Just caught an interview on CBC with Professor Lonnie Thompson. He's a paleoclimatologist, working in the Himalayas, Andes and up Mt. Kilamanjaro drilling ice cores, and transporting them by yak, providing incontrovertible proof of climate change. He has spent more time above 18,000 ft than anyone in the world.
And in 2012 he took three weeks off to have a heart transplant. Actually, that is glib as he had been ill for months, but he was back at work three weeks after his op. And he is hoping to be up to a further expedition to China.
But what really stunned me was his description of two episodes where he felt he left his body and each time went to the same place which he described as a beautiful meadow with a stream. A lovely place, he said, where he somehow knew things he didn't know before. The second time there was a figure in white who said, “Lonnie, it's not your time. You have other work to do.” At which he jumped back into his body.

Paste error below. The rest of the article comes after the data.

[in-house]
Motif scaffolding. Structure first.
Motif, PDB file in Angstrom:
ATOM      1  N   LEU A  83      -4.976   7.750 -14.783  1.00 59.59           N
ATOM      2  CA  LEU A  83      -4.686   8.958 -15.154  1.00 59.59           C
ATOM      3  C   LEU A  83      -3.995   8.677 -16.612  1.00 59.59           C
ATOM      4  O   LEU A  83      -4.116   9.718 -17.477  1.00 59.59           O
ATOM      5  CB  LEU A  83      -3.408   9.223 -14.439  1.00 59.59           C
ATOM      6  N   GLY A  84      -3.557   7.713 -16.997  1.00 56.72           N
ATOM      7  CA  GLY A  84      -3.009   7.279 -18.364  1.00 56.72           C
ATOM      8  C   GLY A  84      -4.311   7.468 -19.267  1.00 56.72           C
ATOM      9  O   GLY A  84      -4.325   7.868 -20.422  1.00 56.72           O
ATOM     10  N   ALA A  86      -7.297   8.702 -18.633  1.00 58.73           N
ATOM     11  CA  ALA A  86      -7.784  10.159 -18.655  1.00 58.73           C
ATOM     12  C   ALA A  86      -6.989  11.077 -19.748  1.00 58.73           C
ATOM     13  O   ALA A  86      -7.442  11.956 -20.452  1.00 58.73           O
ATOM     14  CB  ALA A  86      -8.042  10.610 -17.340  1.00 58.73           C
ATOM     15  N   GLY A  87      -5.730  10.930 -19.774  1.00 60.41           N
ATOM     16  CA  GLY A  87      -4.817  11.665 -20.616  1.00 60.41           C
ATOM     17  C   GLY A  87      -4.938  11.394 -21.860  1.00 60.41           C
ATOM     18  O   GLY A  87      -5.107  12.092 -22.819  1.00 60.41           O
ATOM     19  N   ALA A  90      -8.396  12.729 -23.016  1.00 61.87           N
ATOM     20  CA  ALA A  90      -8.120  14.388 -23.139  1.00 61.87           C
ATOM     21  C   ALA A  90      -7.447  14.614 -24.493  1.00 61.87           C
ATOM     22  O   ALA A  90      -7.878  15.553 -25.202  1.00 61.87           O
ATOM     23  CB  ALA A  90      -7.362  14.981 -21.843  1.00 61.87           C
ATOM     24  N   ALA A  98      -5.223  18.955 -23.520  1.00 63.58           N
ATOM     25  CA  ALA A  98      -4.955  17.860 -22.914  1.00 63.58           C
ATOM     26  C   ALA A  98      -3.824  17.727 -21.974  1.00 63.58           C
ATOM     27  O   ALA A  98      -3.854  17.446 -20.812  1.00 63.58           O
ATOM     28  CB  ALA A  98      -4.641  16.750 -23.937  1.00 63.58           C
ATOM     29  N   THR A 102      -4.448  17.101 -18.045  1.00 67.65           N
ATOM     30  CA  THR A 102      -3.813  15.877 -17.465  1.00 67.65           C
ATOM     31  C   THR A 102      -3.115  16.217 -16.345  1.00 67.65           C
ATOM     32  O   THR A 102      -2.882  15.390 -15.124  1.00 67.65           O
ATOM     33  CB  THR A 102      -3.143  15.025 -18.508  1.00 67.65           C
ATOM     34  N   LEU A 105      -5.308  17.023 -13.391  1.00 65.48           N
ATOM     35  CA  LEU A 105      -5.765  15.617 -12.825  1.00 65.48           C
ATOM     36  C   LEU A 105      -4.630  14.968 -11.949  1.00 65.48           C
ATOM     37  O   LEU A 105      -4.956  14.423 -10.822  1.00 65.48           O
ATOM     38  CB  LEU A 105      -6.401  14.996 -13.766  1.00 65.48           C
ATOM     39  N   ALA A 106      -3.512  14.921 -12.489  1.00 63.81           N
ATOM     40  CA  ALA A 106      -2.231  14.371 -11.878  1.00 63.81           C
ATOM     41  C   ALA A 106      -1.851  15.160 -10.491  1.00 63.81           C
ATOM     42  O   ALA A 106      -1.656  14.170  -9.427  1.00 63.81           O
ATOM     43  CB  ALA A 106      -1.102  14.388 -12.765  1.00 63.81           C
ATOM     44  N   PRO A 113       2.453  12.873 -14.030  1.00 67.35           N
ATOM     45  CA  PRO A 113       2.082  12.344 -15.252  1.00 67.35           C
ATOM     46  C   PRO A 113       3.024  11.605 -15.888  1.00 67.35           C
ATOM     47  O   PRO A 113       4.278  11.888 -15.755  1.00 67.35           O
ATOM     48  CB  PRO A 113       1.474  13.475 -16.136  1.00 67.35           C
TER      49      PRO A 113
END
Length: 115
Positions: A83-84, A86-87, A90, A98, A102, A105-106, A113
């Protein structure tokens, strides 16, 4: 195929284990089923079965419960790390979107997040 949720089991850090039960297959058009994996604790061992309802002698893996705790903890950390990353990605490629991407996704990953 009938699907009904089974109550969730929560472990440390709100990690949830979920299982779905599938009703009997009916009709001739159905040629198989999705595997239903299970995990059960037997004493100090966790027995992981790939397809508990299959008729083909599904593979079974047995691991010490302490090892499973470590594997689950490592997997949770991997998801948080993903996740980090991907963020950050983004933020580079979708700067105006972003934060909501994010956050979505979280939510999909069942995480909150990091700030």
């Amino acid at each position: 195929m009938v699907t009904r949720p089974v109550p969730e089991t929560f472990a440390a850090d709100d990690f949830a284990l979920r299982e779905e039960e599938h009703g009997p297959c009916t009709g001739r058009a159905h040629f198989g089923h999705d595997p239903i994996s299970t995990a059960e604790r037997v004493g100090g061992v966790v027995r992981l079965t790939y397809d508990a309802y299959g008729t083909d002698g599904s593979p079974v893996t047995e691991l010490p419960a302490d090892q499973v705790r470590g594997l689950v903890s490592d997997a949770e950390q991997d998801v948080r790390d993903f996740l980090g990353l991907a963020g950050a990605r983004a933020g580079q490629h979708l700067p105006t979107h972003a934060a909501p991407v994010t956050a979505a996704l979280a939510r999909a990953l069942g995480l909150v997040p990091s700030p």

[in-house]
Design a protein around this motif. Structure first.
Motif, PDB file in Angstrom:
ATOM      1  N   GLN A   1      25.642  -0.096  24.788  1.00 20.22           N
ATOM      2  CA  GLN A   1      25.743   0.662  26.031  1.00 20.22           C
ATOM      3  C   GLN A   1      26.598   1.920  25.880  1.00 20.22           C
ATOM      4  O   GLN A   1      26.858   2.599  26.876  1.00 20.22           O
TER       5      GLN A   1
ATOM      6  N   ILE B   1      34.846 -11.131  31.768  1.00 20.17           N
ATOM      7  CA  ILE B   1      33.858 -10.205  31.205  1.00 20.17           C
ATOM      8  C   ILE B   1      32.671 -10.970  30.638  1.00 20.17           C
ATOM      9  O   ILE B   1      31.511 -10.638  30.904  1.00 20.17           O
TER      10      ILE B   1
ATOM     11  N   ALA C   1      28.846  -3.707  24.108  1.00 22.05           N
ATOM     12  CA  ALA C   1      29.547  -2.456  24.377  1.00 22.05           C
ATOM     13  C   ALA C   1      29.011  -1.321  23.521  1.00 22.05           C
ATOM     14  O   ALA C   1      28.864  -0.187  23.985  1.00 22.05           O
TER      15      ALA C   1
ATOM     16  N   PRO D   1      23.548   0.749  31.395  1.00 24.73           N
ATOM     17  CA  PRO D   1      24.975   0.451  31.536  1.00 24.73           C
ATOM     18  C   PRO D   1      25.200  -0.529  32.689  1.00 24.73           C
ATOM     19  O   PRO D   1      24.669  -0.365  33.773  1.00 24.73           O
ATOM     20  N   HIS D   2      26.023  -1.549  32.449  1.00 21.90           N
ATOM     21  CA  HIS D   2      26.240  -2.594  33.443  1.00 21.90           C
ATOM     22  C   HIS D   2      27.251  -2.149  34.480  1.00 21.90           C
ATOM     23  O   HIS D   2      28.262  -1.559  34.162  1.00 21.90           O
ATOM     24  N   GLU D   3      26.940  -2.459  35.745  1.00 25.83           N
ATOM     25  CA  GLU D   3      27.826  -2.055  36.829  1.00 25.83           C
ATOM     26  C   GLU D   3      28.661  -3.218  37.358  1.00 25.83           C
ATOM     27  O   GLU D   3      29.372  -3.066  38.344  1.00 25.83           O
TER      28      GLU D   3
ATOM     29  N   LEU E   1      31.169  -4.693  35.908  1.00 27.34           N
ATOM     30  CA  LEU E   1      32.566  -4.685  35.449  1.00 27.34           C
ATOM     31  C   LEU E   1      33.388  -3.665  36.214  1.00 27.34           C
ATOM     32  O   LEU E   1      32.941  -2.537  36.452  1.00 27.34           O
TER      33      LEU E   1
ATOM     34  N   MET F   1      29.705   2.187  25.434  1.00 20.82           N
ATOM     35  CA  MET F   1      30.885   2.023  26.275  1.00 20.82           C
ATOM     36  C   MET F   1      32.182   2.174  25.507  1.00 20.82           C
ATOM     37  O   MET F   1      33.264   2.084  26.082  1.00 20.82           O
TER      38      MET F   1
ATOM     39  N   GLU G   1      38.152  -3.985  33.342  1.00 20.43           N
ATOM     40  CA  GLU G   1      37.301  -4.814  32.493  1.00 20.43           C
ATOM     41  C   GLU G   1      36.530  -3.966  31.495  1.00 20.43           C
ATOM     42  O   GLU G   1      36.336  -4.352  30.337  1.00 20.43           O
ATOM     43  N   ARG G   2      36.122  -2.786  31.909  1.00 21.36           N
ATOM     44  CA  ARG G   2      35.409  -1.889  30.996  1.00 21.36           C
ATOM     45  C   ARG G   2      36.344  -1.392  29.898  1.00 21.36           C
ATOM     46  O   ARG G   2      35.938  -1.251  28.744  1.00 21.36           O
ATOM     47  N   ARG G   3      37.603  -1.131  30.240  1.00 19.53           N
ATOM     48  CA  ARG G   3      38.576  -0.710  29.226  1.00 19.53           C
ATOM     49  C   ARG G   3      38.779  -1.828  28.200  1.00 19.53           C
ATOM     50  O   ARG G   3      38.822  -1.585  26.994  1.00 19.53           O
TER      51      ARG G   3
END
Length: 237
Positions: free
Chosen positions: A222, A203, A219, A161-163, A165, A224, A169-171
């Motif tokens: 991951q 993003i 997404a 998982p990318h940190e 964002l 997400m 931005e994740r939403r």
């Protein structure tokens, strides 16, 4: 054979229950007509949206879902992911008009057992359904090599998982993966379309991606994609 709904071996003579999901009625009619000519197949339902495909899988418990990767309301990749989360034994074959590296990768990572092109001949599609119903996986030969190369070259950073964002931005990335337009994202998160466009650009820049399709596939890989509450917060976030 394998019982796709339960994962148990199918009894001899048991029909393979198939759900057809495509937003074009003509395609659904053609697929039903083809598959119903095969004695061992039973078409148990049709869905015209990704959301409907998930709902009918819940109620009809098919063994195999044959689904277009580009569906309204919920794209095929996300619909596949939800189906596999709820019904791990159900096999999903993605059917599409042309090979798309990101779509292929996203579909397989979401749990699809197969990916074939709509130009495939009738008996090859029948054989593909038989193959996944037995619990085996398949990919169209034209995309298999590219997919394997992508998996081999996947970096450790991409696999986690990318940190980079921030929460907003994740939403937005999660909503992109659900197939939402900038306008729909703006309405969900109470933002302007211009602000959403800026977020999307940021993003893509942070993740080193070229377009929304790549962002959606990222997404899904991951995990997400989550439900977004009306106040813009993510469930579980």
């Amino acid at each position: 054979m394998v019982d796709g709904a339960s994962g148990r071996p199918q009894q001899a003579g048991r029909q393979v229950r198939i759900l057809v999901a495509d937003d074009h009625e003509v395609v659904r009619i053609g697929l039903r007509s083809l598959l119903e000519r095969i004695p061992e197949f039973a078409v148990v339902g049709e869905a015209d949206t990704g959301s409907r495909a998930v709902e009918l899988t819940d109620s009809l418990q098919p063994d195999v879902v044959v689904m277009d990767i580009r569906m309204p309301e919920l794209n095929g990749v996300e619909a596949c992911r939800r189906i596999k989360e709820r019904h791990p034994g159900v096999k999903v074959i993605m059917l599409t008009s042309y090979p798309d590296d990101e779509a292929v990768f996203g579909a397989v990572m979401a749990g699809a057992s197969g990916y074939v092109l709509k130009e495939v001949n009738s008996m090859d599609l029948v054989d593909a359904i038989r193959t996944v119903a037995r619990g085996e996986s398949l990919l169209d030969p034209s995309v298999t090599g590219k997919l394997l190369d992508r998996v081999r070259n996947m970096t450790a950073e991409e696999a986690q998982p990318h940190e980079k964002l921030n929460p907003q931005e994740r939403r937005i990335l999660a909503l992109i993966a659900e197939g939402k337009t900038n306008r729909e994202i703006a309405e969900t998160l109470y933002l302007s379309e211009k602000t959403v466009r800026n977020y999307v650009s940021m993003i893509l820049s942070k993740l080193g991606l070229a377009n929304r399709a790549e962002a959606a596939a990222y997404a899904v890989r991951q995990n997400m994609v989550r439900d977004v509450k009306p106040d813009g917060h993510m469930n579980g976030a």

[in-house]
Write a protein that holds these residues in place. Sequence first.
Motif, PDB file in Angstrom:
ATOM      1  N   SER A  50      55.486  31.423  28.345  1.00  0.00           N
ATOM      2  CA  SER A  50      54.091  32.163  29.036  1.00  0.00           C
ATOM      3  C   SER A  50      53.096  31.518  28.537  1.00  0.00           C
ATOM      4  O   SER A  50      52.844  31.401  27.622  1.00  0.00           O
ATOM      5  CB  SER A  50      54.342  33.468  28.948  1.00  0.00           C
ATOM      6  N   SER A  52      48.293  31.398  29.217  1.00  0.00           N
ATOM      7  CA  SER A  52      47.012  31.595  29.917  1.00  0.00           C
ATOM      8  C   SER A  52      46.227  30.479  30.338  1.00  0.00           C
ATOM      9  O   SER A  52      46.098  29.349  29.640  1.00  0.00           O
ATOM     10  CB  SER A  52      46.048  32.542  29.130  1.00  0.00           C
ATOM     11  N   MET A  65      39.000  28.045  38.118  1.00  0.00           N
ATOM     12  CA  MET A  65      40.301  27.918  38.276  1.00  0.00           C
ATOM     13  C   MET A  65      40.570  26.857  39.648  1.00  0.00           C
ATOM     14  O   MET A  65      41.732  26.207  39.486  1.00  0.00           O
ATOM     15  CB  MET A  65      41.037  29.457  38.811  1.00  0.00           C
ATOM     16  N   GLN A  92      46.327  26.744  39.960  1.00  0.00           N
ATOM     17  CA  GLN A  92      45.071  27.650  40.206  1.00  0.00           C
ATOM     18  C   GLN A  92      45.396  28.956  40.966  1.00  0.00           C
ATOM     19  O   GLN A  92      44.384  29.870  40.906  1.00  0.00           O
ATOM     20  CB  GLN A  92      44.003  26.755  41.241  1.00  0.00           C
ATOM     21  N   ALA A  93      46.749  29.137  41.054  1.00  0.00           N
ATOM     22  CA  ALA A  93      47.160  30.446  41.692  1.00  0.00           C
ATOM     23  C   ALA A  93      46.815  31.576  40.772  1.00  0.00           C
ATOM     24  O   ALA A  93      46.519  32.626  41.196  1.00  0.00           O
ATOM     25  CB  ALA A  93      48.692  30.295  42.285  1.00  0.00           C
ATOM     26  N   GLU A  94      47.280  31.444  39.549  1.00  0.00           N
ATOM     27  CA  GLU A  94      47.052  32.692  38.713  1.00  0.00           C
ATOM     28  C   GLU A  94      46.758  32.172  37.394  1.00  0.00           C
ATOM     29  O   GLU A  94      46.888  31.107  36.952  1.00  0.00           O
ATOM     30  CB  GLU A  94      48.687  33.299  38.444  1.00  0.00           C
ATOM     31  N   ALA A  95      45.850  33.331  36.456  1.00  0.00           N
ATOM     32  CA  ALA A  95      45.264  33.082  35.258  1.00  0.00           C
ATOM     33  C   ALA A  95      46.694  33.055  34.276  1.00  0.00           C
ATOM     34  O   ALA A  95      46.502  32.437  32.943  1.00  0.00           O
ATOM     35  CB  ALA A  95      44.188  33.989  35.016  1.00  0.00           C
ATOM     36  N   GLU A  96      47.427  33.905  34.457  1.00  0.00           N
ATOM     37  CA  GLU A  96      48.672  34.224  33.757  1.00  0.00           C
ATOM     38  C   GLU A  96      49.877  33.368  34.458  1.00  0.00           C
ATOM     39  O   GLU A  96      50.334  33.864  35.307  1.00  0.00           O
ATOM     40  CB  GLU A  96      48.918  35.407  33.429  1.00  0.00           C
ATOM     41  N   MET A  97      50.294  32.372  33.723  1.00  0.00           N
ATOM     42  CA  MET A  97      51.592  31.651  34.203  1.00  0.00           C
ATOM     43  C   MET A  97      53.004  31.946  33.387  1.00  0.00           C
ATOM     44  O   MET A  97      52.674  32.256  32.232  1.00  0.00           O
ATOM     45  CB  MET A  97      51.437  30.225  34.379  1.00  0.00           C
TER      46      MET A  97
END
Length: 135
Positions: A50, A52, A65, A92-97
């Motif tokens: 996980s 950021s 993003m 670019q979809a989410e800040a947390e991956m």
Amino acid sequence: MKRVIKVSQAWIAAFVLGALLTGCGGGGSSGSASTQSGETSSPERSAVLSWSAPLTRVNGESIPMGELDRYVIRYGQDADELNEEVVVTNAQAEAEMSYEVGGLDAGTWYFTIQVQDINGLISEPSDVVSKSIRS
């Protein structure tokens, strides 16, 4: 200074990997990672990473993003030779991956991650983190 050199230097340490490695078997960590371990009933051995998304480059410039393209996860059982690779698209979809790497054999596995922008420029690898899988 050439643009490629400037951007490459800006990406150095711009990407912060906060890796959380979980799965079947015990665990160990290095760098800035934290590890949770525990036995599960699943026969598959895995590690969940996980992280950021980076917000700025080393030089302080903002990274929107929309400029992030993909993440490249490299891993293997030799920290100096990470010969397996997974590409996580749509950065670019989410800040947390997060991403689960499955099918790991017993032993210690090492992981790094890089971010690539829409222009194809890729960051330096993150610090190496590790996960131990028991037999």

His description ties in with the words of a dying friend some years ago. “It's so beautiful,” she told my mother. “It all makes sense.”
He spoke of a unifying life force, how we are all connected and that this life force doesn't die with us. He also stressed that the force needs the earth. “If we destroy the earth, we destroy heaven too.”
This is what I have always believed, that stripped of the story of religion, there is a life force thrusting evolution. Is it love? As I try to make muddled sense of it all, I keep coming back to the same premise. That in the beginning was the Word, an idea, a possibility, which needs us to make it manifest. His experience gives gravitas to my stumbling thoughts.
A Climate Scientisr Battles Time and Mortality – New York Times.